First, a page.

Bethel Church, Redding
Last night I went to Bethel Church in Redding, CA. They’ve got a reputation up there for being kind of intense, to say the least. People come from all over the world to worship there, be healed, and get crazy in the Spirit. Now before I go any further I must tell you that I am not a charismatic person, nor have I had much involvement in charismatic, or pentecostal circles. I only dance when drunk at weddings, or when challenged to a dance off by thuggish creeps getting up in my grill. I have never spoken in tongues, though my nearly 3 year old nephew and I occasionally make up languages and converse with one another. I have never been drunk in the Spirit, and I am very curious to know if it feels like the drunkenness that I have experienced via booze a few times too many. Oh yeah and I’ve never been any kind of advocate of flag-waving for any reason that I can think of at the present moment. These were acts that I witnessed while visiting Bethel Church. Correction! I didn’t actually see anyone drunk in the Spirit close up, though there were some raucous yelps throughout the sanctuary. I decided that whether drunk on God or drunk on alcohol I’d keep a safe distance from those under the influence to avoid undesired banter about “how good it is to see you man” and affirming “I love you’s” from complete strangers. And so I remained standing in front of my chair, near the aisle for quick escape if necessary, and absorbed the scene with wide-eyes mounted curiously on my skeptical head.
Why was I here? Well I’d heard about it through a few different grapevines. The first time from a friend of my brother’s who had just returned from a Youth With a Mission outreach and was interested in Bethel Church’s “School of the Supernatural”. The fact that there was a school with “supernatural” in the title caught my attention. It also made me suspicious as to what variety of drugs my brother’s friend had been ingesting. I asked a few questions about what it was all about and he filled me in to the best of his ability. He told me that they train people to be better equipped in the spiritual gifts talked about in I Corinthians 14. These gifts were the ones that Paul talked about as coming from the Holy Spirit for believers to use for edification, exhortation, and consolation in the body (Church) of Christ. The school also teaches its students how to prophesy, interpret dreams, heal and become more aware of the present kingdom of God now here on planet earth.
For those of you who are not Christian of any kind I’m sorry that this blog won’t make much sense to you. For those of you who are Christians without education in the spiritual gifts I urge you to do some prayerful research. And for those of you who are skeptical of the practical uses of spiritual gifts in today’s world, and the modern Church then we could probably go get some coffee and chat sometime. For those of you who are full-fledged spiritual gift wielding warriors in Christ know that I love you and I’m on a journey with God whose walking me through my doubts, so be patient with me and don’t try to slay me in the Spirit just yet.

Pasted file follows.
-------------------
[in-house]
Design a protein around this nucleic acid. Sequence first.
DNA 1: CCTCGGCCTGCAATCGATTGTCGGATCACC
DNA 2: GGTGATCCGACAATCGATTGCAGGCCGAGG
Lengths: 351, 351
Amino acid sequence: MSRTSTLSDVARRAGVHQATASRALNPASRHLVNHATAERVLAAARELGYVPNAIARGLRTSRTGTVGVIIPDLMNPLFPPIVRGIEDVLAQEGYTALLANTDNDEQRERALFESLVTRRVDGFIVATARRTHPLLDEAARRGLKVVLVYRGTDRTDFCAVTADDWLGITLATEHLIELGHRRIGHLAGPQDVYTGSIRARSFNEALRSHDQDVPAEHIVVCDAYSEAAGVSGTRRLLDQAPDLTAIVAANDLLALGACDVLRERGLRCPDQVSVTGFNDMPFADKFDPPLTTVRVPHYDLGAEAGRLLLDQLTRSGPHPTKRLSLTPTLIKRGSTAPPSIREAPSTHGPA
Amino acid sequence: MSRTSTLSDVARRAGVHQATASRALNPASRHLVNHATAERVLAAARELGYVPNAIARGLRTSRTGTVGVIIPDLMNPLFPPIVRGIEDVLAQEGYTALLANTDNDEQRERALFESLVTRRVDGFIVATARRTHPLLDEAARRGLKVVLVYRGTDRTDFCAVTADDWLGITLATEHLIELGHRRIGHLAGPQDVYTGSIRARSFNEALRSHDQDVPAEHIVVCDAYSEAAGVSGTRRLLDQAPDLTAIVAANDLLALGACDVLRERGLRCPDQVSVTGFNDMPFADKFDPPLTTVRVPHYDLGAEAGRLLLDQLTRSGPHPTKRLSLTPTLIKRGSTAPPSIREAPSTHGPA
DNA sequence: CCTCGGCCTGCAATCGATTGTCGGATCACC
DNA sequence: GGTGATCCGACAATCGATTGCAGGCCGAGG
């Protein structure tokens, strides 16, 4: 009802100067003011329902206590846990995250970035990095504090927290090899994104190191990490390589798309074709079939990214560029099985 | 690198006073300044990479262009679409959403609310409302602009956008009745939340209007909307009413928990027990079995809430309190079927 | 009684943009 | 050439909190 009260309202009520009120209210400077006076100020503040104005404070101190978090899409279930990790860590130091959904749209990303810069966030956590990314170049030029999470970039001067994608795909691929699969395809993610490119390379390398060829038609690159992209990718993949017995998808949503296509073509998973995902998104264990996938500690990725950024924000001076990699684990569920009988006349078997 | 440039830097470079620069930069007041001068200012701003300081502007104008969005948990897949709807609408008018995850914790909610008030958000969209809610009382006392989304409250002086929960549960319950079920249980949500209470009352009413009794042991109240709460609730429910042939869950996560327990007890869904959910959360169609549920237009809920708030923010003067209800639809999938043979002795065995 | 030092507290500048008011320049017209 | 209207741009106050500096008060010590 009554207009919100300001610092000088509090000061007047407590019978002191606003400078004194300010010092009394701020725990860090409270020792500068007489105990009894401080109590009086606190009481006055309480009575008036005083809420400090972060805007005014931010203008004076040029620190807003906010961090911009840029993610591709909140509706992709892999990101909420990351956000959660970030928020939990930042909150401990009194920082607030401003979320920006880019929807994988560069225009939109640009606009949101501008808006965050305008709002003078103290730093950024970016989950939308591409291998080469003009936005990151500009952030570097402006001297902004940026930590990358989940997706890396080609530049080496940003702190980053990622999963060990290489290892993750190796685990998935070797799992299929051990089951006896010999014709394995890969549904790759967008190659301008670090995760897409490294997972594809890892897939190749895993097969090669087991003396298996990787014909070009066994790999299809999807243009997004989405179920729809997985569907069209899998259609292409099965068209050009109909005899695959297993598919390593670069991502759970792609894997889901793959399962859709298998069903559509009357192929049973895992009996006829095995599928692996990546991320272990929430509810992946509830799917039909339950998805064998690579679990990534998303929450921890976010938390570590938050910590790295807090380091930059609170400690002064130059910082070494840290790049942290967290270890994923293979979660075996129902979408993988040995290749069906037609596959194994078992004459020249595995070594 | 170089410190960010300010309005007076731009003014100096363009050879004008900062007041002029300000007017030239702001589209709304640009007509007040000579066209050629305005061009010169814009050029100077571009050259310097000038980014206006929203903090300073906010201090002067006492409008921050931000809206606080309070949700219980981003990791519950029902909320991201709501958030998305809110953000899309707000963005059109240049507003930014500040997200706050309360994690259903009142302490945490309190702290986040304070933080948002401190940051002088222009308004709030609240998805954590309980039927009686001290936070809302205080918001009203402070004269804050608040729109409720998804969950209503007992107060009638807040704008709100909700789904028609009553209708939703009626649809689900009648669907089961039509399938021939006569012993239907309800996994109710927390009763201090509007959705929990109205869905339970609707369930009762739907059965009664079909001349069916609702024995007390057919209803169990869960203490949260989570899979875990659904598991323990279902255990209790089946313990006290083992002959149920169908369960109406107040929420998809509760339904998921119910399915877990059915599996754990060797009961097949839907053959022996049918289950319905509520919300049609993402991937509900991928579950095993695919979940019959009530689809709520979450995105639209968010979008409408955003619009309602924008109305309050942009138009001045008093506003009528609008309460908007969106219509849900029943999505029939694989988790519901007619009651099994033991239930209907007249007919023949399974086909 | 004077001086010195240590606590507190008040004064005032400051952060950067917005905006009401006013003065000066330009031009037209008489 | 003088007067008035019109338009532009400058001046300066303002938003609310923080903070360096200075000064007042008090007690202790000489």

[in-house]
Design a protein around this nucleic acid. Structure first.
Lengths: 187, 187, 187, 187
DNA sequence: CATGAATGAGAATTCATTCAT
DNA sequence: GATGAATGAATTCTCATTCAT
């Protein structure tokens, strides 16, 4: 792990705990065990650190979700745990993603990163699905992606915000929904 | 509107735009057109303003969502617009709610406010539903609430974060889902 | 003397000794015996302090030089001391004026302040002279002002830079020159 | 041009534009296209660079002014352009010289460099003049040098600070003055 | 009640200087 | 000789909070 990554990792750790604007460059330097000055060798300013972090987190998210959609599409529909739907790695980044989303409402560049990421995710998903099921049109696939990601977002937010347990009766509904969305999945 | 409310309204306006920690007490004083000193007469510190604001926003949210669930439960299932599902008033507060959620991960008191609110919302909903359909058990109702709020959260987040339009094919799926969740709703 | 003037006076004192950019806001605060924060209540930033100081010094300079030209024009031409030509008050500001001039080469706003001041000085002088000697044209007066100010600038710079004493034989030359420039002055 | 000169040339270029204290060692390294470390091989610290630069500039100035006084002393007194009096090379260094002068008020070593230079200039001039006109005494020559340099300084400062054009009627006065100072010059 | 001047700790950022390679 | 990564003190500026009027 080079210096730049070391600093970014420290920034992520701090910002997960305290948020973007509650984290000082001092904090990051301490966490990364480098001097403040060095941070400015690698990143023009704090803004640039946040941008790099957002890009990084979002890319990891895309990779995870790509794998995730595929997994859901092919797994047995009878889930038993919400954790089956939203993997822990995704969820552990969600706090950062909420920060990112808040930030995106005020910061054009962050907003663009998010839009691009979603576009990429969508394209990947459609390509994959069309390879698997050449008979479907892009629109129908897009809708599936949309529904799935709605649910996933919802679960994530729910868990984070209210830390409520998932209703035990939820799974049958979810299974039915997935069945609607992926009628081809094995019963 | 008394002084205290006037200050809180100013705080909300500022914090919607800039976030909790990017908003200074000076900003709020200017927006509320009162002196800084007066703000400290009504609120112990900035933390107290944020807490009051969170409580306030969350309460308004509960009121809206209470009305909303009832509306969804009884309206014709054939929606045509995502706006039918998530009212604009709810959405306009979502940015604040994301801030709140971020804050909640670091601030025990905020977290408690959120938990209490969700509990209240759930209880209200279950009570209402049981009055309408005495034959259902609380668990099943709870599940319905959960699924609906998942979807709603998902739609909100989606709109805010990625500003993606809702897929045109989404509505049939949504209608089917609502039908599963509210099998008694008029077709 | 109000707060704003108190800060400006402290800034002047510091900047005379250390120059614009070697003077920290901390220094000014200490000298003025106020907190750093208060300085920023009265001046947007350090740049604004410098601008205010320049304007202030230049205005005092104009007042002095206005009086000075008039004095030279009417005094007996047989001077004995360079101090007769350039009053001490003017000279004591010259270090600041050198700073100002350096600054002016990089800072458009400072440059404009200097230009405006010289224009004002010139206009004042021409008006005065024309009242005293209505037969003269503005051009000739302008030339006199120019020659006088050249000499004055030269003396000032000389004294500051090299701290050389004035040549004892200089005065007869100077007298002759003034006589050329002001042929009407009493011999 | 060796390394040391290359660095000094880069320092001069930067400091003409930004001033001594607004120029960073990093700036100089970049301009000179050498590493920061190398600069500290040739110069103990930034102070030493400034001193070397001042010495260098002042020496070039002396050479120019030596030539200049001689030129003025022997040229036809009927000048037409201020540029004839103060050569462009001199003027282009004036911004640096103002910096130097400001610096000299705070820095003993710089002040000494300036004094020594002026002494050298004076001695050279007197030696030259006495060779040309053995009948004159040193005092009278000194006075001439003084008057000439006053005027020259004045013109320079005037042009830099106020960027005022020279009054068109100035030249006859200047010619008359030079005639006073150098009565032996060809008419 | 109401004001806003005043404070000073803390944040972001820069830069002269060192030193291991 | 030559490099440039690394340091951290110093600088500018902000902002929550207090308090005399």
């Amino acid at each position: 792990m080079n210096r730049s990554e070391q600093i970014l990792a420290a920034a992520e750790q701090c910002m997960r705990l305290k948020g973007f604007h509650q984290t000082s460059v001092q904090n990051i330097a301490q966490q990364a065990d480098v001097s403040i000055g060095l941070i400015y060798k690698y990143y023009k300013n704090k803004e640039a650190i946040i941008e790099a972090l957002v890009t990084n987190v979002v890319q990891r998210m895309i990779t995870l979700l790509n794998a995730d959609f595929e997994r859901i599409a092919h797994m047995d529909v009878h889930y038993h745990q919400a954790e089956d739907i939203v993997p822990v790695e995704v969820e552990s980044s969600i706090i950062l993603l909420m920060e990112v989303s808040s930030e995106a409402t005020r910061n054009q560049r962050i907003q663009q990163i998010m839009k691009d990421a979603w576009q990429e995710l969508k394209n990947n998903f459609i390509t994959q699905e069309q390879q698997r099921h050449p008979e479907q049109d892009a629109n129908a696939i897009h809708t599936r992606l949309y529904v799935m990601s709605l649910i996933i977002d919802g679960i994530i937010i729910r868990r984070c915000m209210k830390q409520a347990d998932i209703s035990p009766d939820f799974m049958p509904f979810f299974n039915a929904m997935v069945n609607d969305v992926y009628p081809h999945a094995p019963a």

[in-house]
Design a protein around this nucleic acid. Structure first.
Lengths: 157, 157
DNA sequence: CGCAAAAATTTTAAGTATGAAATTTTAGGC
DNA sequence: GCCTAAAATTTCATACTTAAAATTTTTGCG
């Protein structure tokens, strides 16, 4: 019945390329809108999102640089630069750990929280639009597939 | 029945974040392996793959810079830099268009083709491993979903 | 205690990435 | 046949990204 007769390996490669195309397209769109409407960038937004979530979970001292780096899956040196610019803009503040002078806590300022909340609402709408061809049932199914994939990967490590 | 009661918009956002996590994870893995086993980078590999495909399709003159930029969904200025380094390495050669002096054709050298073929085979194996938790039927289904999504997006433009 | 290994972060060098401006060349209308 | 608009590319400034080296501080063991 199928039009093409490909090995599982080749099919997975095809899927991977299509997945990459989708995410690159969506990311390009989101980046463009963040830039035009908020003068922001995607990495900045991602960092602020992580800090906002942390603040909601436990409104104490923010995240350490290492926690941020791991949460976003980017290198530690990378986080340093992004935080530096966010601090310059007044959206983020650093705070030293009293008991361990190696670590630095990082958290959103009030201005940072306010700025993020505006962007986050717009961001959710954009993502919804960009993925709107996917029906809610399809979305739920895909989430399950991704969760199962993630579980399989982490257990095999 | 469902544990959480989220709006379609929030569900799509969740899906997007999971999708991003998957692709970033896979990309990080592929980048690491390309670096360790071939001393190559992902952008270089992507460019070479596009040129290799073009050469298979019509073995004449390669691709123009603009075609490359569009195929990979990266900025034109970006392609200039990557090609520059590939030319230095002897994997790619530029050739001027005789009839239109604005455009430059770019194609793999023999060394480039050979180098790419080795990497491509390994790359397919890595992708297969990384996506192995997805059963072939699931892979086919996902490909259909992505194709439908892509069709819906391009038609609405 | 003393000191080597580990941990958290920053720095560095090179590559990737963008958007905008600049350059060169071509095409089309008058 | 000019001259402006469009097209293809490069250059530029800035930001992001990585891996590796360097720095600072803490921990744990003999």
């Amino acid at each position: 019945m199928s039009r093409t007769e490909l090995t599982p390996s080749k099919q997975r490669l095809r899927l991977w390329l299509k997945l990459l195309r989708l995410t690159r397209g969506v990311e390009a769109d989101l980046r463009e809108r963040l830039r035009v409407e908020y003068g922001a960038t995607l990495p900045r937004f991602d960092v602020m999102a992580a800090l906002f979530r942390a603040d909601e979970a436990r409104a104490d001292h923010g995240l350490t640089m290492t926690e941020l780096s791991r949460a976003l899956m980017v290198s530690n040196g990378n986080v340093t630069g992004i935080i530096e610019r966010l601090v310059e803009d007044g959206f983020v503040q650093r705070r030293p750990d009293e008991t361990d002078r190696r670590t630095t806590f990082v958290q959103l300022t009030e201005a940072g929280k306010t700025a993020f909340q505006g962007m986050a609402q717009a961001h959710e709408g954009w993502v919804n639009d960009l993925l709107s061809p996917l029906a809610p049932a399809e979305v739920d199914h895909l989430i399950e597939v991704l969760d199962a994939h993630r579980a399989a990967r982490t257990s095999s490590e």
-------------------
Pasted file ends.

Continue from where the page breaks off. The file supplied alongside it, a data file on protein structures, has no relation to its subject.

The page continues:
I’d heard of Bethel Church again through various eye-rolling criticisms coming from certain conservative church settings. Much of their criticism seemed to stem from a disbelief in the reports coming from Bethel in regards to healing and miracles taking place there. These critics always emphasized the importance of the Word of God, meaning the Bible, and therefore not-so-inadvertently implied that Bethel was a church that did not hold the Bible in as high esteem as they did. Oh how you’ve got love the body of Christ punching itself in the face with such divisive critiques! There’s a popular worship song that begs the question “if we are the body then why aren’t our hands reaching?” and I believe that the answer to that question is because we’re too busy slapping ourselves around. Our hands are tied by our denominational bickering. I digress.
Anyways, recently I’d been re-introduced into thinking about Bethel Church because a friend of mine, visiting from Scotland, wanted to go out there and see what was up. I fancied the idea, and so we embarked into the heat lamp of California that is Redding. P.S.: WJU soccer dominates Simpson. That is all.
As we drove up the hill to Bethel’s church and campus I felt as if this were some kind of pilgrimage. People ascend this drive multiple times a week to partake in the worship, healing, and prophetic ministries that this place has become known for. Here I was without any clue as to what was in store for me.
The worship was incredible for many reasons. 1. It was worshipful and sincere (a must!) 2. the band was completely in one another’s musical pocket 3. the congregation actually did what they sang! For example, the first song said something along the lines of shouting, singing, and dancing before God, and wouldn’t you know it that these people actually shouted, sang, and danced before God. What a concept! So far so good. Worship went on for a little more than an hour, and people weren’t seeming to get tired of it in the least. It was beautiful.